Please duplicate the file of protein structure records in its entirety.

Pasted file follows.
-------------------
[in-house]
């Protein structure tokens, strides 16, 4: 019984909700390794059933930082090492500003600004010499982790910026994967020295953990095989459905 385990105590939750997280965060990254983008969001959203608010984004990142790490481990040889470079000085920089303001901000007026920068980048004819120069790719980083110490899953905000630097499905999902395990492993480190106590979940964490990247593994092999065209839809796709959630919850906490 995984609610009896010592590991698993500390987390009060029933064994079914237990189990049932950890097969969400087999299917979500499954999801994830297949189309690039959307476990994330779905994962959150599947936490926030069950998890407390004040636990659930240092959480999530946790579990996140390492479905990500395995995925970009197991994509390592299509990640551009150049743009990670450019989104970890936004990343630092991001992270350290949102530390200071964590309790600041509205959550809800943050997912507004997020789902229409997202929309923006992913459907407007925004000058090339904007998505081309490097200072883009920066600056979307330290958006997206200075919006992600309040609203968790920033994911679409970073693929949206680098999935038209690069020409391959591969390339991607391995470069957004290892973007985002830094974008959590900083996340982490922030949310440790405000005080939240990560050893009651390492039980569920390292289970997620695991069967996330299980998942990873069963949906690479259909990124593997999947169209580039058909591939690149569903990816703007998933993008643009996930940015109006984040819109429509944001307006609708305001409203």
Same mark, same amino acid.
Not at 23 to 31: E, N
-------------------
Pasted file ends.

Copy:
[in-house]
């Protein structure tokens, strides 16, 4: 019984909700390794059933930082090492500003600004010499982790910026994967020295953990095989459905 385990105590939750997280965060990254983008969001959203608010984004990142790490481990040889470079000085920089303001901000007026920068980048004819120069790719980083110490899953905000630097499905999902395990492993480190106590979940964490990247593994092999065209839809796709959630919850906490 995984609610009896010592590991698993500390987390009060029933064994079914237990189990049932950890097969969400087999299917979500499954999801994830297949189309690039959307476990994330779905994962959150599947936490926030069950998890407390004040636990659930240092959480999530946790579990996140390492479905990500395995995925970009197991994509390592299509990640551009150049743009990670450019989104970890936004990343630092991001992270350290949102530390200071964590309790600041509205959550809800943050997912507004997020789902229409997202929309923006992913459907407007925004000058090339904007998505081309490097200072883009920066600056979307330290958006997206200075919006992600309040609203968790920033994911679409970073693929949206680098999935038209690069020409391959591969390339991607391995470069957004290892973007985002830094974008959590900083996340982490922030949310440790405000005080939240990560050893009651390492039980569920390292289970997620695991069967996330299980998942990873069963949906690479259909990124593997999947169209580039058909591939690149569903990816703007998933993008643009996930940015109006984040819109429509944001307006609708305001409203």
Same mark, same amino acid.
Not at 23 to 31: E, N